Find Information About:

Drugs & Supplements

Get information and reviews on prescription drugs, over-the-counter medications, vitamins, and supplements. Search by name or medical condition.

Pill Identifier

Pill Identifier

Having trouble identifying your pills?

Enter the shape, color, or imprint of your prescription or OTC drug. Our pill identification tool will display pictures that you can compare to your pill.

Get Started

My Medicine

Save your medicine, check interactions, sign up for FDA alerts, create family profiles and more.

Get Started

WebMD Health Experts and Community

Talk to health experts and other people like you in WebMD's Communities. It's a safe forum where you can create or participate in support groups and discussions about health topics that interest you.

  • Second Opinion

    Second Opinion

    Read expert perspectives on popular health topics.

  • Community


    Connect with people like you, and get expert guidance on living a healthy life.

Got a health question? Get answers provided by leading organizations, doctors, and experts.

Get Answers

Sign up to receive WebMD's award-winning content delivered to your inbox.

Sign Up

Font Size

Eating Right When Pregnant


Foods to Avoid When Pregnant

  • Avoid alcohol during pregnancy. Alcohol has been linked to premature delivery, mental retardation, birth defects, and low birthweight babies.
  • Limit caffeine to no more than 300 mg per day. The caffeine content in various drinks depends on the beans or leaves used and how it was prepared. An 8-ounce cup of coffee has about 150 mg of caffeine on average while black tea has typically about 80 mg. A 12-ounce glass of caffeinated soda contains anywhere from 30-60 mg of caffeine. Remember, chocolate (especially dark chocolate) contains caffeine -- sometimes a significant amount.
  • The use of saccharin is strongly discouraged during pregnancy, because it can cross the placenta and may remain in fetal tissues. But, the use of other non-nutritive or artificial sweeteners approved by the FDA is acceptable during pregnancy. These FDA-approved sweeteners include aspartame (Equal or NutraSweet), acesulfame-K (Sunett), and sucralose (Splenda). These sweeteners are considered safe in moderation, so talk with your health care provider about how much non-nutritive sweetener is acceptable during pregnancy.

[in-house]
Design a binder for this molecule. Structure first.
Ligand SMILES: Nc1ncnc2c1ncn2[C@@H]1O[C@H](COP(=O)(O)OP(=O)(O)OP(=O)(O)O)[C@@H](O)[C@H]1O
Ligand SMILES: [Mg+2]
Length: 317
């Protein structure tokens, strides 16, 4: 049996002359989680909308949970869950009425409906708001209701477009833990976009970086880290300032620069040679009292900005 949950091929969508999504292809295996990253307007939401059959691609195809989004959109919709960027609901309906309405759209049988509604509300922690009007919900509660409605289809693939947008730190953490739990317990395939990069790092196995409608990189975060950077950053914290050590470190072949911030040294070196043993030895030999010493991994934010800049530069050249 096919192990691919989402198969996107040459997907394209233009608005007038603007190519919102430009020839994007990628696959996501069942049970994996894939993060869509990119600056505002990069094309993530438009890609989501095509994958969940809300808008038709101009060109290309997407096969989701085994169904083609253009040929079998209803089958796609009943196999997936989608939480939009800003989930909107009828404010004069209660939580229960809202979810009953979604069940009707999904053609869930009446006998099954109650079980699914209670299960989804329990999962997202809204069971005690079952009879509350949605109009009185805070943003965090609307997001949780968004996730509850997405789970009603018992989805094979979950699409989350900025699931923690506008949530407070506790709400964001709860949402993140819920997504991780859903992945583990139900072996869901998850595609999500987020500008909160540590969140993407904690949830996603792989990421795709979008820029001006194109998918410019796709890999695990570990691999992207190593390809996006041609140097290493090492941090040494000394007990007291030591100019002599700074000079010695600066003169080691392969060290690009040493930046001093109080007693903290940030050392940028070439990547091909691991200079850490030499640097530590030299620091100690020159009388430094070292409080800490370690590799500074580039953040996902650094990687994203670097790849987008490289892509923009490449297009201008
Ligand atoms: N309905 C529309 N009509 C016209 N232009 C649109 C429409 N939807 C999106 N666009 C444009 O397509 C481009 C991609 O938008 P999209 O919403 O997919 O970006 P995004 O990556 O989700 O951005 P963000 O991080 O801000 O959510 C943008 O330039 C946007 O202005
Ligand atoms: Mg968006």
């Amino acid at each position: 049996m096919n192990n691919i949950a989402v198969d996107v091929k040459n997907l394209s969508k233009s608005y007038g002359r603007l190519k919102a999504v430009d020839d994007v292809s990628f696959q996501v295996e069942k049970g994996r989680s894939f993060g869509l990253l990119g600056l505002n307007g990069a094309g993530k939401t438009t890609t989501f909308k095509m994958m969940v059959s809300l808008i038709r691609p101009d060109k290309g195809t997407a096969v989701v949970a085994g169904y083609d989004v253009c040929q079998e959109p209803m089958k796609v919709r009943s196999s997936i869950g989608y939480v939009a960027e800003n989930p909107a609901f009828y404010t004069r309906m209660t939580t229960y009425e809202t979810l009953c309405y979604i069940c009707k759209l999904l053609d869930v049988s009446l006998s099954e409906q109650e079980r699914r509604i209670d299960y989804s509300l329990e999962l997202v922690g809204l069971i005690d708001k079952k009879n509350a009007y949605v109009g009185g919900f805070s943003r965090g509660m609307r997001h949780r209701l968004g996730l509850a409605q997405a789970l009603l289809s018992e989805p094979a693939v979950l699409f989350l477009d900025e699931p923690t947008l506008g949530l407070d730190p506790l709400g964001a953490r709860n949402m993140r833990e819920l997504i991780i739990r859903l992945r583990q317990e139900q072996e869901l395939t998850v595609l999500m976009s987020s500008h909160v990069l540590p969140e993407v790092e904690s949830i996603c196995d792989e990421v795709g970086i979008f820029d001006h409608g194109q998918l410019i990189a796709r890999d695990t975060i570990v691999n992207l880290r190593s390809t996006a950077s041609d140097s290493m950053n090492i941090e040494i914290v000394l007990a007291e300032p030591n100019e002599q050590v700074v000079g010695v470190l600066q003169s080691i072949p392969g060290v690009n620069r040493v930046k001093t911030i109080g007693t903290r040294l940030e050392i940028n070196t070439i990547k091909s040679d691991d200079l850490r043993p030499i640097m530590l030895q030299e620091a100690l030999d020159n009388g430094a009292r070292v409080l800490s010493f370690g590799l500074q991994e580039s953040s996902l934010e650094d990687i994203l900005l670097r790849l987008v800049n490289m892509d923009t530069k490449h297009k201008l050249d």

• Decrease the total amount of fat you eat to 30% or less of your total daily calories. For a person eating 2000 calories a day, this would be 65 grams of fat or less per day.
  • Limit cholesterol intake to 300 mg or less per day.
  • Do not eat shark, swordfish, king mackerel, or tilefish (also called white snapper), because they contain high levels of mercury.
  • Avoid soft cheeses such as feta, Brie, Camembert, blue-veined, and Mexican-style cheese. These cheeses are often unpasteurized and may cause Listeria infection. There’s no need to avoid hard cheese, processed cheese, cream cheese, cottage cheese, or yogurt.
  • Avoid raw fish, especially shellfish like oysters and clams.

What to Eat When Pregnant and Don't Feel Well

During pregnancy you may have morning sickness, diarrhea, or constipation. You may find it hard to keep foods down, or you may feel too sick to even eat at all. Here are some suggestions:

  • Morning Sickness: Eat crackers, cereal, or pretzels before getting out of bed; eat small, frequent meals throughout the day; avoid fatty, fried, spicy, and greasy foods.
  • Constipation: Eat more fresh fruit and vegetables. Also, drink 6 to 8 glasses of water a day.
  • Diarrhea: Eat more foods that contain pectin and gums (two types of dietary fiber) to help absorb excess water. Examples of these foods are applesauce, bananas, white rice, oatmeal, and refined wheat bread.
  • Heartburn: Eat small, frequent meals throughout the day; try drinking milk before eating; and limit caffeinated foods and beverages, citric beverages, and spicy foods.

Next Article:

What food do you crave?